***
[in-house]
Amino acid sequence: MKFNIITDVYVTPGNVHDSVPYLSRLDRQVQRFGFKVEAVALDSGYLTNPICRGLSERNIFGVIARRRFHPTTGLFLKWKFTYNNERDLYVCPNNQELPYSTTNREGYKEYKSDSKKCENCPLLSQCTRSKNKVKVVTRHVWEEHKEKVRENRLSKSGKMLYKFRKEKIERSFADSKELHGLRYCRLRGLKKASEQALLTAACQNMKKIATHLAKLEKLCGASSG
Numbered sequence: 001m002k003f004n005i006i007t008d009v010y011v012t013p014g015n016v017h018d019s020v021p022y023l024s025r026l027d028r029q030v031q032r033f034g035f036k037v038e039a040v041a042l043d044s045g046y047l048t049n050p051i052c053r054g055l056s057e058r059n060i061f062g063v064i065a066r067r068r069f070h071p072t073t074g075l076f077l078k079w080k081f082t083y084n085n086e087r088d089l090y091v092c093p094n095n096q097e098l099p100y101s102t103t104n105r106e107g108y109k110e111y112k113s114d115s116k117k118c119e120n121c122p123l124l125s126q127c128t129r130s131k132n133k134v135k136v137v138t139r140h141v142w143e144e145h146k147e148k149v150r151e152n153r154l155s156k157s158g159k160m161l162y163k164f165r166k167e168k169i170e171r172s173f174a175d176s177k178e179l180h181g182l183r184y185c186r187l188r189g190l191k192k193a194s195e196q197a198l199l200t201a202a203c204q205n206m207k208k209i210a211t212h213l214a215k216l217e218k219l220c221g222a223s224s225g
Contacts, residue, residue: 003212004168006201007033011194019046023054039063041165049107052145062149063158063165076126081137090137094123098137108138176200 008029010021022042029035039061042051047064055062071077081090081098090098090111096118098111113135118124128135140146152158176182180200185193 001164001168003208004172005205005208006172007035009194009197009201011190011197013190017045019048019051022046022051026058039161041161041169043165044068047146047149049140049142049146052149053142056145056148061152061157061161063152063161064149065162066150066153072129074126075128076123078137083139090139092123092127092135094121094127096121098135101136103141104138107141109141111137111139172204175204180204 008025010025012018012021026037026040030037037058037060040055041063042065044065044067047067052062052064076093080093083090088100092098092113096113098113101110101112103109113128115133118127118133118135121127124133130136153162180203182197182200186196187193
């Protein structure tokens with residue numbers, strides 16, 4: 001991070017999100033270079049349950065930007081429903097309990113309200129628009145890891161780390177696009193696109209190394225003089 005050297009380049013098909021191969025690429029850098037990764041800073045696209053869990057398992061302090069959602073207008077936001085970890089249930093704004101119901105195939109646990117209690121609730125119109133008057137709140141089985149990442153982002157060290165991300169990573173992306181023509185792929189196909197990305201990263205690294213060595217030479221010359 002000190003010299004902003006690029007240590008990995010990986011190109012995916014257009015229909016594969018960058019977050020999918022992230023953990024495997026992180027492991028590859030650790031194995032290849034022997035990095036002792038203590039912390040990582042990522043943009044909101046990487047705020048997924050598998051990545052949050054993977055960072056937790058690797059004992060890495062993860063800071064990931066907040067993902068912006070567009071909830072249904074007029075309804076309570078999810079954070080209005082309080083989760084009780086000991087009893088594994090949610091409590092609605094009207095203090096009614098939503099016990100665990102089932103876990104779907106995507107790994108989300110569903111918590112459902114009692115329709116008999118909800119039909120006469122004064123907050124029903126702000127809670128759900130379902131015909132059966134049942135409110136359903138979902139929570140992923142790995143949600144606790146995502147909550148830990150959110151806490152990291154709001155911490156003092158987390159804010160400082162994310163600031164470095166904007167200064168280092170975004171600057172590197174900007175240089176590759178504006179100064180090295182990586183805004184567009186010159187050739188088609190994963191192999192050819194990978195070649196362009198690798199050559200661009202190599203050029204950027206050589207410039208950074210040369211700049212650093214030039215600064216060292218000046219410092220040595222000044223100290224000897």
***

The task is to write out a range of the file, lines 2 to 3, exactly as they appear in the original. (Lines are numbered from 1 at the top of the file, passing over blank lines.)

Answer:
Amino acid sequence: MKFNIITDVYVTPGNVHDSVPYLSRLDRQVQRFGFKVEAVALDSGYLTNPICRGLSERNIFGVIARRRFHPTTGLFLKWKFTYNNERDLYVCPNNQELPYSTTNREGYKEYKSDSKKCENCPLLSQCTRSKNKVKVVTRHVWEEHKEKVRENRLSKSGKMLYKFRKEKIERSFADSKELHGLRYCRLRGLKKASEQALLTAACQNMKKIATHLAKLEKLCGASSG
Numbered sequence: 001m002k003f004n005i006i007t008d009v010y011v012t013p014g015n016v017h018d019s020v021p022y023l024s025r026l027d028r029q030v031q032r033f034g035f036k037v038e039a040v041a042l043d044s045g046y047l048t049n050p051i052c053r054g055l056s057e058r059n060i061f062g063v064i065a066r067r068r069f070h071p072t073t074g075l076f077l078k079w080k081f082t083y084n085n086e087r088d089l090y091v092c093p094n095n096q097e098l099p100y101s102t103t104n105r106e107g108y109k110e111y112k113s114d115s116k117k118c119e120n121c122p123l124l125s126q127c128t129r130s131k132n133k134v135k136v137v138t139r140h141v142w143e144e145h146k147e148k149v150r151e152n153r154l155s156k157s158g159k160m161l162y163k164f165r166k167e168k169i170e171r172s173f174a175d176s177k178e179l180h181g182l183r184y185c186r187l188r189g190l191k192k193a194s195e196q197a198l199l200t201a202a203c204q205n206m207k208k209i210a211t212h213l214a215k216l217e218k219l220c221g222a223s224s225g